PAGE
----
Private clouds are where most corporations will find the most value, and for that they need off-the-shelf operating systems to do the heavy lifting for them. At the moment, cloud computing means purchasing time, space and bandwidth for specially-created apps from a third-party provider that may or may not be trustworthy and may be required to hand over data to some untrustworthy government depending on where the cloud service data centre is hosted. To avoid those uncertainties and hassles, large companies will seek to turn their own data centres into flexible clouds, which means they need a server operating system built for such a thing. If the purpose of such a cloud is to run virtual Windows servers, then it won't much matter whether the underlying OS is Linux-based, so I can imagine that being the first place such a product will come from.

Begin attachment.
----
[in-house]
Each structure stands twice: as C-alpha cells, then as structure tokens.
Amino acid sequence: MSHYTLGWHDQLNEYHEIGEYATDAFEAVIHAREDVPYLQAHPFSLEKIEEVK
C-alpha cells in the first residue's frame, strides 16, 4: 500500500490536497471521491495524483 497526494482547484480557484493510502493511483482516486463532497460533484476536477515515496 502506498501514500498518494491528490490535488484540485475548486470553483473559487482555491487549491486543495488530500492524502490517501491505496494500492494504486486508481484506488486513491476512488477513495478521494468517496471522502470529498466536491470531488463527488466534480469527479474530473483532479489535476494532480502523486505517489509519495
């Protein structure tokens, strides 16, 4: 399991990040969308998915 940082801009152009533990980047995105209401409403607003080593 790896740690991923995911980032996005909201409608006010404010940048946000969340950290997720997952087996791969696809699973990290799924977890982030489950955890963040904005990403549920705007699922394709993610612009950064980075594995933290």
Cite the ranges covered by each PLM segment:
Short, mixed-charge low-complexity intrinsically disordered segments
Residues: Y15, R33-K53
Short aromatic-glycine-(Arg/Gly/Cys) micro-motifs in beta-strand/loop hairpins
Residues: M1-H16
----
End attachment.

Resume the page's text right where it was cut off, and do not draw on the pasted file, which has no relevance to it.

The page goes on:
Converting will still be a pain, since you'd have to keep all your existing servers online while you switch, but imagine being able to add a new server to a data centre, install an off-the-shelf operating system and entering a few configuration parameters, then it goes and adds itself to the cloud of local machines, including sharing its storage, offering its CPU for new threads and its RAM for direct addressing. Whenever another machine dies, all the storage is already backed up onto other machines and whatever processes it was running can be resumed on other CPUs in other RAM. That's the power of cloud computing without the dangers.
Mokalus of Borg
PS - Cloud computing is getting a lot of hype.
PPS - But there are also some problems.